The Exciting Interplay between Conflict and Innovation

An interview with Dr. Wolfram Dreier, Steinbeis Entrepreneur at the Steinbeis Transfer Center for Conflict Resolution

Wolfram Dreier has been working within the Steinbeis Network for almost 30 years, and for two decades he has overseen the Steinbeis Transfer Center in Wangen, with a continual focus on mediation and conflict resolution. It is therefore not surprising that these topics were the emphasis of a 2023 doctoral thesis published by Dreier through Steinbeis-Edition. The title of his paper: Innovationsförderndes Konfliktmanagement [Innovation-Promoting Conflict Management]. TRANSFER magazine spoke to the author about his motivations, his understanding of conflict, and the central thrusts of his doctorate.

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Hello Dr. Dreier. How did you come to specialize in mediation and conflict management?

I didn’t foresee working as a mediator, not at first, but looking back I can see that there were indications which direction I was headed in. When I was on community service at a hospital for children with psychosomatic disorders, I was inspired by the work carried out by the psychologist there. I was a specialist in industrial engineering and in my first job I found myself confronted by the challenges of disagreement between senior directors. The numerous discussions I had with business leaders, and the insights I gained into innovative companies when Steinbeis appointed me as managing director of economic development agencies in Göppingen and Ravensburg, played a significant role in motivating me, although my decision to train as a mediator was mainly fueled by my experience as a board member of a medium-sized company. It was there I realized that ultimately, focusing too strongly on achieving harmony isn’t actually conducive. I wanted more clarity when it comes to dealing with conflict, so I trained as a business mediator at the Steinbeis Academy for Mediation, Social Aspects and Law at Steinbeis University, and then I deepened my knowledge through a part-time master’s degree at European University Viadrina in Frankfurt an der Oder. In 2017, I also published my master’s thesis as a book through Steinbeis-Edition under the title Über den Konflikt zur Innovation [Through Conflict to Innovation].

You describe yourself as a “mediator by conviction.” What exactly does that mean?

I’m convinced that applying elements of mediation and adopting a mediatorial attitude creates opportunities. Principles such as appreciative communication, conscious listening, being open to outcomes, and being genuinely interested in others have proven extremely important elements of everyday work. As a mediator, I accompany people on a path to conflict resolution and strive not only to resolve difficulties in the here and now, but also to alleviate fear surrounding conflict.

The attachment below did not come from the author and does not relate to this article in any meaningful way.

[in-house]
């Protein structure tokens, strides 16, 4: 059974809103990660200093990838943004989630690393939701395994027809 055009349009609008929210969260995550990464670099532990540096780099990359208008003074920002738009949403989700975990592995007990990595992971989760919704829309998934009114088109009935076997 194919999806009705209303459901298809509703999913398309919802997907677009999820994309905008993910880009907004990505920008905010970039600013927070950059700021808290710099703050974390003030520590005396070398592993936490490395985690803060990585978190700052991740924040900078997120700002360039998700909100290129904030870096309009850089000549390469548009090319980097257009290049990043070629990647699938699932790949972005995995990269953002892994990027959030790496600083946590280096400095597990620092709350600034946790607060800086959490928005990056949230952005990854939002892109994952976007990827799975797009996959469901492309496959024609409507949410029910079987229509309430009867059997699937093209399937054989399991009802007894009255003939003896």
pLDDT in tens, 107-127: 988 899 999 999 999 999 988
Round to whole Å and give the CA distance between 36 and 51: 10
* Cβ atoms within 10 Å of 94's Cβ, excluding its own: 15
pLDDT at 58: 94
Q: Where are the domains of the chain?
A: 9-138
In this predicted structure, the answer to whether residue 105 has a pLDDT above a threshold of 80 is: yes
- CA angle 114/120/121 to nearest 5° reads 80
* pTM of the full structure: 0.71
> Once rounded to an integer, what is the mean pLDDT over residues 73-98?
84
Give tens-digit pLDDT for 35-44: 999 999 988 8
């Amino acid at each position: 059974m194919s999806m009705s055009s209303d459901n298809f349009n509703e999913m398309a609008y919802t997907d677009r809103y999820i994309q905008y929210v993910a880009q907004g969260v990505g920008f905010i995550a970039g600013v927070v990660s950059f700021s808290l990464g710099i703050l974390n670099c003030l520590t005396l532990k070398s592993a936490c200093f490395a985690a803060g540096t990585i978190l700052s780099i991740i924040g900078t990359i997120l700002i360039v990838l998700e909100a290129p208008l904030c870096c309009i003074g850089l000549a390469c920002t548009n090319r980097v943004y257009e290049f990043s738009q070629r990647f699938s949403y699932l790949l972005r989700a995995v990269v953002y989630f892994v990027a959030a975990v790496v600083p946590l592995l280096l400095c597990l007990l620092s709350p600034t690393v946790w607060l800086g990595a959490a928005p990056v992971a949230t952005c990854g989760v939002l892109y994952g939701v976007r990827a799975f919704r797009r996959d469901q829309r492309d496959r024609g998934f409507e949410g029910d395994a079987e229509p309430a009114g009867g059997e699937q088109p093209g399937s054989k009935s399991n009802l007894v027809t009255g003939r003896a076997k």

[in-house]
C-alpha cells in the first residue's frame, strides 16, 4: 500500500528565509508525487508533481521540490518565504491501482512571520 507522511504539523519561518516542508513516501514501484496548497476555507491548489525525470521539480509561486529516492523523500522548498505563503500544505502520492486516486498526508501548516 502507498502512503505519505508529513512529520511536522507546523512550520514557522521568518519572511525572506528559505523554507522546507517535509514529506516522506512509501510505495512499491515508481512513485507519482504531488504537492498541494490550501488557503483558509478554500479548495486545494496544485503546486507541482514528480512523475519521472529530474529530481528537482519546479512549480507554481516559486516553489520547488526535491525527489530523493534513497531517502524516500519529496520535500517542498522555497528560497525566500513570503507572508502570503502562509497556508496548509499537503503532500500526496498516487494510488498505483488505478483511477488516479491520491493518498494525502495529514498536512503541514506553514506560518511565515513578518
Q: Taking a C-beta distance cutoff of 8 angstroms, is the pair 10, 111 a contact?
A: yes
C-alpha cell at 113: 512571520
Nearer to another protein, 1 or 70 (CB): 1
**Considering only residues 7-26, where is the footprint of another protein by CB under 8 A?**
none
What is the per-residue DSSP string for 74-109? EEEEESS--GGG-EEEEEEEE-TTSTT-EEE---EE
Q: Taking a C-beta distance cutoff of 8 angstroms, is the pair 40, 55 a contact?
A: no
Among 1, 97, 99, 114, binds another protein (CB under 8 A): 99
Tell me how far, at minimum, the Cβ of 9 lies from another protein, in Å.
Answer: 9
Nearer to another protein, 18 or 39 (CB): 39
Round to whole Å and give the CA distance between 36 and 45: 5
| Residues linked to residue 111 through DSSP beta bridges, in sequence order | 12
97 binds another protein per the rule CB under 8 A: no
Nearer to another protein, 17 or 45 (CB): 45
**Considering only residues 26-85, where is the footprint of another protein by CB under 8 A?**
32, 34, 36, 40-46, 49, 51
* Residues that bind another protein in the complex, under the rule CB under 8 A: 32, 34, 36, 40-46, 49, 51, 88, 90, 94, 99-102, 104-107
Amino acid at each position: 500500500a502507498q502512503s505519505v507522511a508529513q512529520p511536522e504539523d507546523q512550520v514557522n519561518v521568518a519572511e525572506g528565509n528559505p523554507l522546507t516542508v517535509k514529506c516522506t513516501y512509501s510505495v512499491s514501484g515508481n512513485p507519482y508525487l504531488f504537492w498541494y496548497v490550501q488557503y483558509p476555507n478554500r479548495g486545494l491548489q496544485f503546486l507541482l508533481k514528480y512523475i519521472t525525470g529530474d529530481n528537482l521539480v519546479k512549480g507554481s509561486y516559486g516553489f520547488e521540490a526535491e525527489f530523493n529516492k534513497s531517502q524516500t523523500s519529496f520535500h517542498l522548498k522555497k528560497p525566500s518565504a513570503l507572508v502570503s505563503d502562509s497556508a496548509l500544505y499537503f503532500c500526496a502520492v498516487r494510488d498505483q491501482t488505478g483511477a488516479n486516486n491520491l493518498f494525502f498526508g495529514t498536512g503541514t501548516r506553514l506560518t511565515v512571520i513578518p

Do you think there’s a connection between conflict management, mediation skills, and the innovative capabilities of companies?

Innovation is often fueled by processes of friction. People have a tendency to cling on to the familiar, whereas innovation entails change, so it can fuel conflict. The question’s not whether conflicts are a necessity for innovation to happen, but how companies deal with them. This is where there’s valuable orientation to be gained from the principles of mediation.

Your dissertation looks at a conceptual framework based on a model called “innovation-promoting conflict management.” Could you tell our readers more about this model?

One thing I should point out is that some parts of my dissertation are based on my master’s thesis. I delved deeper into the question of which overall parameters and which behaviors of leadership allow innovation to arise from conflict. To do this, I conducted a study based on scientifically grounded principles to look at innovative small and medium-sized enterprises, and I presented the insights I gained from this in my book. “Innovation-promoting conflict management” is a component model stemming from these findings. At the heart of this lies the aforementioned awareness that conflicts are a starting point for innovation within companies. If you’re not aware of this, contentious issues get swept under the carpet, you don’t have an honest or open culture of failure, and there’s a tendency to see innovation as a threat rather than an opportunity.

This tendency to actively allow conflict to happen arises from situations that pull people in different directions, not just employees themselves but also managers. So it’s important that these areas of tension are rooted in a corporate culture that’s embraced and actively lived out accordingly. Aspects such as trust, assuming responsibility, being prepared to help others, and working with one another in partnerships of equals play an important role in this. Ultimately, these components have to come hand in hand with internal communication, on all levels. The model captures these relationships and the mutual interdependencies between different components.

Scientific models are helpful, but what do people involved in actual business practice have to say about this?

The statements I describe and the derived component model are underpinned by actual examples from interviews. Examining this was a central element of my research. The examples I provide range from leaving doors open, as a symbol of flat hierarchies, to using humor to resolve conflict. Actual business practice is central to my work.


The dissertation on “Innovationsförderndes Konfliktmanagement” [innovation-promoting conflict management] is available in the Steinbeis-Edition store at

Dr. Wolfram Dreier (interviewee)
Steinbeis Entrepreneur
Steinbeis Transfer Center: Conflict Resolution (Wangen)